La Vita e’ Bella
by Kelsey Husnick (Kent State University)
Watching foreign films may seem like a dull way to spend an afternoon, especially for someone who’s unfamiliar and/or struggling with the language, but you would be pleasantly surprised if you give it a chance.
As an Elementary Italian II student who can’t spit out more than a basic conversation including, “Hello, where are you from? Do you go to school? How old are you?” the thought of watching an entire film in Italian was daunting.
An Italian professor gave a small group of students at Kent State University an opportunity to watch La vita é bella after class one day. Tuscan native Roberto Benigni directed, wrote, and starred in the film. La vita é bella won three Oscars, for Best Music, Original Dramatic Score, and Best Foreign Language Film, at the 71st Academy Awards in 1999. Benigni also won an award for Best Actor. The film is broken up into two sections, one just before World War II, and one during the last few months of the war. Benigni plays a carefree, imaginative, and optimistic Jewish-Italian man named Guido Orefice. He meets and falls in love with a woman named Dora. The first half of the film is Guido’s comical attempt to win Dora over, while the second half takes place four years later. Guido and Dora have a son, and the film takes a surprising turn when the family is taken away to a concentration camp. Guido uses his imagination to protect his son from the harsh realities of the camp and takes personal risks to reach out to his wife on the other side of the camp.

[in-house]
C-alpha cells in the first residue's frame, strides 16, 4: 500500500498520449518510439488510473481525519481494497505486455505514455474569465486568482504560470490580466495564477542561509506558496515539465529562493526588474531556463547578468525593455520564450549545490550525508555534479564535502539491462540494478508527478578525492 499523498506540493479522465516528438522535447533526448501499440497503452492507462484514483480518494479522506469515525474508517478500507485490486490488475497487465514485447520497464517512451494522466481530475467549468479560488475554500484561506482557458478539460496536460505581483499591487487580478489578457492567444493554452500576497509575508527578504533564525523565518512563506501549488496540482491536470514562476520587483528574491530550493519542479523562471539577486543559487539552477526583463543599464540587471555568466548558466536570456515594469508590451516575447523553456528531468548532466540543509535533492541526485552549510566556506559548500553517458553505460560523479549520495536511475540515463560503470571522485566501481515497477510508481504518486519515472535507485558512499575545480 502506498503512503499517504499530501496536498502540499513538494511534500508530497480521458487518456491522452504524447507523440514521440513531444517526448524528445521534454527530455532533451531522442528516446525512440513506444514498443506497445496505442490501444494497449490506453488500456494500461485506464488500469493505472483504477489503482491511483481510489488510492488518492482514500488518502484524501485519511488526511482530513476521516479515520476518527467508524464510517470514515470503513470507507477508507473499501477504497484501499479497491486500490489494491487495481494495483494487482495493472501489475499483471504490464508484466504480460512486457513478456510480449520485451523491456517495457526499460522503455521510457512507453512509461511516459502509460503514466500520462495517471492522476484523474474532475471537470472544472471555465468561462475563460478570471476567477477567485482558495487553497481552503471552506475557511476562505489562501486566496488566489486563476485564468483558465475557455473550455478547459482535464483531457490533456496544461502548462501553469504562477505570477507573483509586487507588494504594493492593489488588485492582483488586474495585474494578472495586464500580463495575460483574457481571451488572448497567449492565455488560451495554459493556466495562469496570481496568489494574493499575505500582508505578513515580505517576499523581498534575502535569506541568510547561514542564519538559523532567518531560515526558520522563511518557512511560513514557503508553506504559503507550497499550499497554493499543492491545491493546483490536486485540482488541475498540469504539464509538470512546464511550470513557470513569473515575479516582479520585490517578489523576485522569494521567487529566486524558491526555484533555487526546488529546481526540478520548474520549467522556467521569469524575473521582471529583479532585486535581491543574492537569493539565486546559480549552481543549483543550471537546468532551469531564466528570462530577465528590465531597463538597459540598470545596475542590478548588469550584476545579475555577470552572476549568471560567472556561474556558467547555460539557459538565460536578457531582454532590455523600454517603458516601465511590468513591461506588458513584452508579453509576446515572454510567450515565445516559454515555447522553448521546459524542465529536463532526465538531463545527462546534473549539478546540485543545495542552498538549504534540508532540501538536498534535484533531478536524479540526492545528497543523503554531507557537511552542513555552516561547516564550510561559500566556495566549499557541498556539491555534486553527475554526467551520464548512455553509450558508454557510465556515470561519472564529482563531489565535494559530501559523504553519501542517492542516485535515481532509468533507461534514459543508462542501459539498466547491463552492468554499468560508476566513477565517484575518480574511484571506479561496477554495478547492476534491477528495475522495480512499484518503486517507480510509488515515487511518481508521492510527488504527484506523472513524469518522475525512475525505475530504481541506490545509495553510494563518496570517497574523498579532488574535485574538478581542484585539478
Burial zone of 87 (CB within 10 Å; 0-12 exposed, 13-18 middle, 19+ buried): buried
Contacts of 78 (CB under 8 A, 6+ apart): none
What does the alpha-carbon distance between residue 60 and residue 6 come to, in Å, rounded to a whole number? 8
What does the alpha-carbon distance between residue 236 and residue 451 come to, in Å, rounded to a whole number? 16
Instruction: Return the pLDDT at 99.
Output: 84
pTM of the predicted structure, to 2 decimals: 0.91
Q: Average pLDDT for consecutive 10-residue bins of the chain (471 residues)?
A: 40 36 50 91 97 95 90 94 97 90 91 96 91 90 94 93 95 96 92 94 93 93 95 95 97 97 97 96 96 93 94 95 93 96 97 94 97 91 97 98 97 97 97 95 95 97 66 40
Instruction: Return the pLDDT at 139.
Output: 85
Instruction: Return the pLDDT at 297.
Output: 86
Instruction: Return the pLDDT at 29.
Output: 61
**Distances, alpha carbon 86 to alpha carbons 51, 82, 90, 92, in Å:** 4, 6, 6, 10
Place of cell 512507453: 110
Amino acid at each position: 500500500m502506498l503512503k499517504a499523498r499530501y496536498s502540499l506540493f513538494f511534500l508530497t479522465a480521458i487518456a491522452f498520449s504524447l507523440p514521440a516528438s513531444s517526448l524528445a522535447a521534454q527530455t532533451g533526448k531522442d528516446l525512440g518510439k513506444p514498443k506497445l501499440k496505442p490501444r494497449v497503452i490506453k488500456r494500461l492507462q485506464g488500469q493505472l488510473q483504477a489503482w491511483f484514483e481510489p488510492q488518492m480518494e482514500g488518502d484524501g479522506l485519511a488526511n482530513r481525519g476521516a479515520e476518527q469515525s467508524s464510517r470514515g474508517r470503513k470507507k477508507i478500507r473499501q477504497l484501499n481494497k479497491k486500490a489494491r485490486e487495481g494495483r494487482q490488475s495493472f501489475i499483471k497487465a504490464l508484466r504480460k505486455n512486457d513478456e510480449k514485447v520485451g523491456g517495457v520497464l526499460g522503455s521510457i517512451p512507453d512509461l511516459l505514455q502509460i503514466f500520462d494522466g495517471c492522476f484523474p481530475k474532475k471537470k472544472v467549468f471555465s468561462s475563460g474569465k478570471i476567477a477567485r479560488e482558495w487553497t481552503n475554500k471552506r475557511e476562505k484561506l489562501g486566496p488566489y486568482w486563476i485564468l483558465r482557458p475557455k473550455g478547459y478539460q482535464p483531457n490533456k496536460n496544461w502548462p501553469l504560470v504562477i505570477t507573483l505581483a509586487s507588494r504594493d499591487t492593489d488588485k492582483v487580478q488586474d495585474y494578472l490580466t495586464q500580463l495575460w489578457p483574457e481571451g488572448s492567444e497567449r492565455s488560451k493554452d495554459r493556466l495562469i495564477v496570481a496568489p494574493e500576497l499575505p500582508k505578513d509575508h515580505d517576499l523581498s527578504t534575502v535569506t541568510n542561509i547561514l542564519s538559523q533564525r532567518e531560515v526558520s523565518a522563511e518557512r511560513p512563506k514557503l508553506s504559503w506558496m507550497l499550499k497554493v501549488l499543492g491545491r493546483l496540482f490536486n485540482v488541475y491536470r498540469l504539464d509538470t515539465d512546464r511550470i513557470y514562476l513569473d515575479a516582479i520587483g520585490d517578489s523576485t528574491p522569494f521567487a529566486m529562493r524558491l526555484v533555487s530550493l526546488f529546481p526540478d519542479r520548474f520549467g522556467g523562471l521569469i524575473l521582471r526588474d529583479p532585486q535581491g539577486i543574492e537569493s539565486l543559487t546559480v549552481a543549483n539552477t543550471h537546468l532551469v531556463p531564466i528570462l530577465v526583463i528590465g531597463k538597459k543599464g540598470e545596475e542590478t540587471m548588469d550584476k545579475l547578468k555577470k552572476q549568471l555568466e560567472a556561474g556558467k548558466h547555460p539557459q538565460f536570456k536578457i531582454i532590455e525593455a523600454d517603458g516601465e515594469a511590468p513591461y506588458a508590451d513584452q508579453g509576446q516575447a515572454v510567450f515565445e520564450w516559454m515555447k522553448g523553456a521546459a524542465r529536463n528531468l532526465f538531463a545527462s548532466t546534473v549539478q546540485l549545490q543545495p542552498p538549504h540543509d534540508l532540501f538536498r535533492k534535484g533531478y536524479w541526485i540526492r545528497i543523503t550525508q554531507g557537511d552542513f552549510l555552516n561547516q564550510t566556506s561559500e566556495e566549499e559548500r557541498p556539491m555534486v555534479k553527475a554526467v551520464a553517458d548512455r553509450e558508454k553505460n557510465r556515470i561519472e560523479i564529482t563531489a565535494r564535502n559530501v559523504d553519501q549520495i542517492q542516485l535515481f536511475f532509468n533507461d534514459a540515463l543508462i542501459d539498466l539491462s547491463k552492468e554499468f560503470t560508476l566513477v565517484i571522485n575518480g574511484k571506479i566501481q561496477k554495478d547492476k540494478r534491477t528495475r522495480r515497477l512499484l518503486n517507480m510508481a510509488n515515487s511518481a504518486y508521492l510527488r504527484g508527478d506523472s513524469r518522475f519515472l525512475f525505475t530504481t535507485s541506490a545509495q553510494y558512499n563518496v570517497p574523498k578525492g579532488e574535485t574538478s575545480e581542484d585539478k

I won’t go further into the plot because I strongly recommend watching La vita é bella on your own. At first it is hard to understand the characters because they speak decently fast, as people do in everyday conversations, but it’s easy to get used to the speed after the first 20 minutes or so, and you can pick up on some of the things they are saying. There is of course the beauty of English subtitles, or even Italian subtitles if you’re better with the language and really want to challenge yourself. I usually hate watching films with subtitles because I find them annoying, but I actually forgot I was even reading them by the end of it.
I will warn you: you may want to have tissues on hand. The film is a tear-jerker!